Identity theft is a massive problem for US citizens, but what happens when fraud moves offshore? According to Michael Quiel’s experience, you will be not helped. In fact, you run the risk of US-government prosecution.
As Quiel describes in his book, Rigged,in 2006 he was seeking to attract European investors. Up to this point, Quiel and his business partner had overseen approximately $200 million of successful financing deals in the United States.
Christopher Rusch, Quiel’s tax attorney, was establishing a Swiss bank during this time. He proposed that Quiel and his partner invest in Rusch’s startup to give them access to otherwise unavailable European investors. The potential for such lucrative markets motivated Quiel to purchase a minority interest in the venture. From the start, Quiel had no intent for a management or control position with Rusch’s bank, and this was the main reason he kept his investment small.
Swiss banking laws at the time allowed a person to open up an account with merely a photocopy of anyone’s passport, even if the passport holder wasn’t present. Without telling his client, Rusch used his Swiss banking connections and a copy of Quiel’s passport to open a holding account under his client’s name with UBS and Banque Pictet & Cie.
The identity fraud on an international level proved catastrophic for Quiel. Rather than the US government help its swindled taxpayer, the Department of Justice (DOJ) and the IRS indicted him. They accused Quiel of seeking to hide income. During the criminal trial, Swiss representatives of UBS and Banque Pictet & Cie testified that, according to how Swiss bank accounts were set up and protected, Quiel had no access to the accounts Rusch had opened using his client’s passport.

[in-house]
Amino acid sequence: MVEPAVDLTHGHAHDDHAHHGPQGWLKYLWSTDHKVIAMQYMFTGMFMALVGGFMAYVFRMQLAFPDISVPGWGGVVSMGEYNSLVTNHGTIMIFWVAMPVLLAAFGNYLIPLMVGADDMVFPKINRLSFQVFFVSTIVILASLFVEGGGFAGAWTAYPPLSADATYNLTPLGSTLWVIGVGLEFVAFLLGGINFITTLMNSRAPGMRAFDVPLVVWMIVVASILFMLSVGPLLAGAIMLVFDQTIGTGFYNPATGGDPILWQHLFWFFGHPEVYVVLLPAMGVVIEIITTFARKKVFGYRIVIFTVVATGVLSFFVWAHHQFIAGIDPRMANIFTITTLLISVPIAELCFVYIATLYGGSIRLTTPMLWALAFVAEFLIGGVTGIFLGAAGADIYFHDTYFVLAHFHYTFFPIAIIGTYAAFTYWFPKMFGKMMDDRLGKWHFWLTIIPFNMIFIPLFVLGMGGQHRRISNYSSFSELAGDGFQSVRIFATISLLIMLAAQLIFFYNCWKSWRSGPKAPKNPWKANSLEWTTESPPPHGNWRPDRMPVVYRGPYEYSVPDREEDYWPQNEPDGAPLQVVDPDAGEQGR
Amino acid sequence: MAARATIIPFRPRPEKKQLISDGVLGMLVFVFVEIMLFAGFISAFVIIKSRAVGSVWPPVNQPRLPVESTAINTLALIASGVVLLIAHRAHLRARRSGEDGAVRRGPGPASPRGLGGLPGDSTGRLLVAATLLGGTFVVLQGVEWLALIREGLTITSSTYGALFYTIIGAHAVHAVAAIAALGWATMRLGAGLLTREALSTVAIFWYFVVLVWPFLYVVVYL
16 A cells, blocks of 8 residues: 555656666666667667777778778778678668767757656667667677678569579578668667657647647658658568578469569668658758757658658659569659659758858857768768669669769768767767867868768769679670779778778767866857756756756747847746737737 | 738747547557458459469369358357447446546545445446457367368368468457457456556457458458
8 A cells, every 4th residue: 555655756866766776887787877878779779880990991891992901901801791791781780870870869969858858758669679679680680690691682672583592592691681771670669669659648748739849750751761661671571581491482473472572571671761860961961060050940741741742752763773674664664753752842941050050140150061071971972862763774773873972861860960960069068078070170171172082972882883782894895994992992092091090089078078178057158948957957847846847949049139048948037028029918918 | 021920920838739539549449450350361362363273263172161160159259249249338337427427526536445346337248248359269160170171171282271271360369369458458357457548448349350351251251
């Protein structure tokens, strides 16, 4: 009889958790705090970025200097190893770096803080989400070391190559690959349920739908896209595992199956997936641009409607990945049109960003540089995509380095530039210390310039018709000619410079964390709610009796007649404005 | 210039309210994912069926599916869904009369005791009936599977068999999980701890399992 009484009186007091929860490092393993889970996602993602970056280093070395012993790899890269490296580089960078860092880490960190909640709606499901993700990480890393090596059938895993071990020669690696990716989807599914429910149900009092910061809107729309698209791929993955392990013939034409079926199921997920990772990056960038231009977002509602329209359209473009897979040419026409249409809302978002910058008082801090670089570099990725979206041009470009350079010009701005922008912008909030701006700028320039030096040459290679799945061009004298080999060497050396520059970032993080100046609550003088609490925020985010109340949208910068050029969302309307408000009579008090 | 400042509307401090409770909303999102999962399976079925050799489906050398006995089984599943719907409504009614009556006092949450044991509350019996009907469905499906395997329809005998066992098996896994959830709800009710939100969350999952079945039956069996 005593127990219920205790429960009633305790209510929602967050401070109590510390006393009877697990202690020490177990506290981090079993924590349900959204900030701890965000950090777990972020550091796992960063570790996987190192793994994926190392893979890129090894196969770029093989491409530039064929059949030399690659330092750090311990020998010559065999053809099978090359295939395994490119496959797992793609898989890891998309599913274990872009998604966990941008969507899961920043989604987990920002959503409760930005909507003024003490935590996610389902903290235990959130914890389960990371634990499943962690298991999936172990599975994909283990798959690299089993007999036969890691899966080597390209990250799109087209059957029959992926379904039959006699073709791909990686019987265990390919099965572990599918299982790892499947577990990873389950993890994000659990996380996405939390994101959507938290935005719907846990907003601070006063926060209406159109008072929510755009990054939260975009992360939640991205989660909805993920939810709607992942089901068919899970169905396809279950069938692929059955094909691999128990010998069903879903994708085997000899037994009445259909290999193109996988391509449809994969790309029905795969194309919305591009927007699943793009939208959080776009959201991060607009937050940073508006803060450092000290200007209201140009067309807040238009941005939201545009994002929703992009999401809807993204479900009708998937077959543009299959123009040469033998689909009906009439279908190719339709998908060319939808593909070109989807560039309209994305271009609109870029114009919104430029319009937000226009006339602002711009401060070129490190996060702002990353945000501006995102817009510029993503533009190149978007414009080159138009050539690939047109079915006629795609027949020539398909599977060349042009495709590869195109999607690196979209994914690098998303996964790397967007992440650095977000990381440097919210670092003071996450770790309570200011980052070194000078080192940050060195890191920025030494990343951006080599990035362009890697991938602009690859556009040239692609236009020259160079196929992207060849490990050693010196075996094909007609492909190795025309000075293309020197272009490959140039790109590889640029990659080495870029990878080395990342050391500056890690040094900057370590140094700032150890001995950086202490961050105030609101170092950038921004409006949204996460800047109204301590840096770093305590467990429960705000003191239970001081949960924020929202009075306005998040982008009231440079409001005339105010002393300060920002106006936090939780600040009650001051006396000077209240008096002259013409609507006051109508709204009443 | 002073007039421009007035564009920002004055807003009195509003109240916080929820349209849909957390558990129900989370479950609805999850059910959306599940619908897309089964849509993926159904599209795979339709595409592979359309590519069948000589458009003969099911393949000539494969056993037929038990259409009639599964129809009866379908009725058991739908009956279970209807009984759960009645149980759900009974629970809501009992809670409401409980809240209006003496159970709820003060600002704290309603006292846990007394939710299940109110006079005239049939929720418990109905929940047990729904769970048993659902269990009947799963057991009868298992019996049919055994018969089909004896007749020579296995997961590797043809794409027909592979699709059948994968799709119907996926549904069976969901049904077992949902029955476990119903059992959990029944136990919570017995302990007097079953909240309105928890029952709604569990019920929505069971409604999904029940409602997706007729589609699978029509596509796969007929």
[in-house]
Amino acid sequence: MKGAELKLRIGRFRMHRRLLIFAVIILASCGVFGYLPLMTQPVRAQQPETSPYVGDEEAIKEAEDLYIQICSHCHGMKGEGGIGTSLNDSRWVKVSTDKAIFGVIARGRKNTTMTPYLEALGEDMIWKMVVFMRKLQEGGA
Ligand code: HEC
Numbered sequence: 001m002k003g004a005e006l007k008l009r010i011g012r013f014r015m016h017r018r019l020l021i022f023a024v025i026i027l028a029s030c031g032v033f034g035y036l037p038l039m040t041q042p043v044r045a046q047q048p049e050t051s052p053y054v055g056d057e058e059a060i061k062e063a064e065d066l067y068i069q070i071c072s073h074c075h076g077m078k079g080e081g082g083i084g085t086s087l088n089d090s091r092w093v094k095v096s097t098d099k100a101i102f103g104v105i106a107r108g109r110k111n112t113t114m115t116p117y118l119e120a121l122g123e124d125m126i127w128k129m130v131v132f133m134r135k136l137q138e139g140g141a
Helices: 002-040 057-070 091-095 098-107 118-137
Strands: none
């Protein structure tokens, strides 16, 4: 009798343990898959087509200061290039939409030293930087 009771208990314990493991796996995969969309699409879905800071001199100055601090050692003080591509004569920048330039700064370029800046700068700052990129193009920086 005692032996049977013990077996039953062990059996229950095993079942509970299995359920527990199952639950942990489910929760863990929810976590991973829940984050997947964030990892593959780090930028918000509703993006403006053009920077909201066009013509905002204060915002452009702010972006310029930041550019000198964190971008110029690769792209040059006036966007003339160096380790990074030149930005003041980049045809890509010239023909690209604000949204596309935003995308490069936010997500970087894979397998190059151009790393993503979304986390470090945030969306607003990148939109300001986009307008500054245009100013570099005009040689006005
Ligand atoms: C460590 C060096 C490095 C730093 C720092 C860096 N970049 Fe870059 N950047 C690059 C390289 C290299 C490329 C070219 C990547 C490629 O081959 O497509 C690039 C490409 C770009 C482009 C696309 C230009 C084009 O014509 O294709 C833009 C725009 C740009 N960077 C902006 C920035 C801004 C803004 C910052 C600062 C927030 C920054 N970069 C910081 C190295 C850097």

“I had no idea what my tax attorney had done. Who would have thought he could take a photocopy of my passport and open up a bank account under my name?” Quiel says. “And because of Swiss banking laws at the time, I had no way to access information about these accounts. Yet that didn’t stop the US government from suing me for avoiding paying taxes through fraudulently opened Swiss bank accounts.”
From LifeLock to credit-monitoring services, protecting American identities is a multi-billion dollar industry. But when criminals open up accounts in foreign countries, the US government’s message is clear: You aren’t protected. In fact, the justice system is rigged against you.